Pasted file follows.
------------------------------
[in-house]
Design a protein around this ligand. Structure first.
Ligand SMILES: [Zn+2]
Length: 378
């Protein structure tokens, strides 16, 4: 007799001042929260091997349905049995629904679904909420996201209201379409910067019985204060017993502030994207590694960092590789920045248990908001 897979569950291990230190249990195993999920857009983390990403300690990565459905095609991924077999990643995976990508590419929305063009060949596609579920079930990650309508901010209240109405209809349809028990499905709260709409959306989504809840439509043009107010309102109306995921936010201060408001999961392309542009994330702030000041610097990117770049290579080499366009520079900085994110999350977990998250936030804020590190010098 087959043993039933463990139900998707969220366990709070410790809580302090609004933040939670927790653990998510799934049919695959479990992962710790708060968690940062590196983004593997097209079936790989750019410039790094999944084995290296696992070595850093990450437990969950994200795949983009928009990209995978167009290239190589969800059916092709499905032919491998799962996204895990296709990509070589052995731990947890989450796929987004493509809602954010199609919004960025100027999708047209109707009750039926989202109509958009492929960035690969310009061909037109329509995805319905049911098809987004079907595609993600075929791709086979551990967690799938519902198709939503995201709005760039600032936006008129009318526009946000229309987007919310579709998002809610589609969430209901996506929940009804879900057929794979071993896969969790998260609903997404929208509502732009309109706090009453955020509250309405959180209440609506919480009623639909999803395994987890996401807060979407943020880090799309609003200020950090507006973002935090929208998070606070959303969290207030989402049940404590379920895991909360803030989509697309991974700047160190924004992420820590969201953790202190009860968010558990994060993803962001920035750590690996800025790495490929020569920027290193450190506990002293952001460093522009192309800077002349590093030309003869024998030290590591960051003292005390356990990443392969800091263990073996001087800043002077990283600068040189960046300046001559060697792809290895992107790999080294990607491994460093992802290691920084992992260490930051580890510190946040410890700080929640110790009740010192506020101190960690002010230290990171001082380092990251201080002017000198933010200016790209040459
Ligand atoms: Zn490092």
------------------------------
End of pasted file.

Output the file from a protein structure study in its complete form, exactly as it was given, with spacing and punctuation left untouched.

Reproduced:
[in-house]
Design a protein around this ligand. Structure first.
Ligand SMILES: [Zn+2]
Length: 378
């Protein structure tokens, strides 16, 4: 007799001042929260091997349905049995629904679904909420996201209201379409910067019985204060017993502030994207590694960092590789920045248990908001 897979569950291990230190249990195993999920857009983390990403300690990565459905095609991924077999990643995976990508590419929305063009060949596609579920079930990650309508901010209240109405209809349809028990499905709260709409959306989504809840439509043009107010309102109306995921936010201060408001999961392309542009994330702030000041610097990117770049290579080499366009520079900085994110999350977990998250936030804020590190010098 087959043993039933463990139900998707969220366990709070410790809580302090609004933040939670927790653990998510799934049919695959479990992962710790708060968690940062590196983004593997097209079936790989750019410039790094999944084995290296696992070595850093990450437990969950994200795949983009928009990209995978167009290239190589969800059916092709499905032919491998799962996204895990296709990509070589052995731990947890989450796929987004493509809602954010199609919004960025100027999708047209109707009750039926989202109509958009492929960035690969310009061909037109329509995805319905049911098809987004079907595609993600075929791709086979551990967690799938519902198709939503995201709005760039600032936006008129009318526009946000229309987007919310579709998002809610589609969430209901996506929940009804879900057929794979071993896969969790998260609903997404929208509502732009309109706090009453955020509250309405959180209440609506919480009623639909999803395994987890996401807060979407943020880090799309609003200020950090507006973002935090929208998070606070959303969290207030989402049940404590379920895991909360803030989509697309991974700047160190924004992420820590969201953790202190009860968010558990994060993803962001920035750590690996800025790495490929020569920027290193450190506990002293952001460093522009192309800077002349590093030309003869024998030290590591960051003292005390356990990443392969800091263990073996001087800043002077990283600068040189960046300046001559060697792809290895992107790999080294990607491994460093992802290691920084992992260490930051580890510190946040410890700080929640110790009740010192506020101190960690002010230290990171001082380092990251201080002017000198933010200016790209040459
Ligand atoms: Zn490092």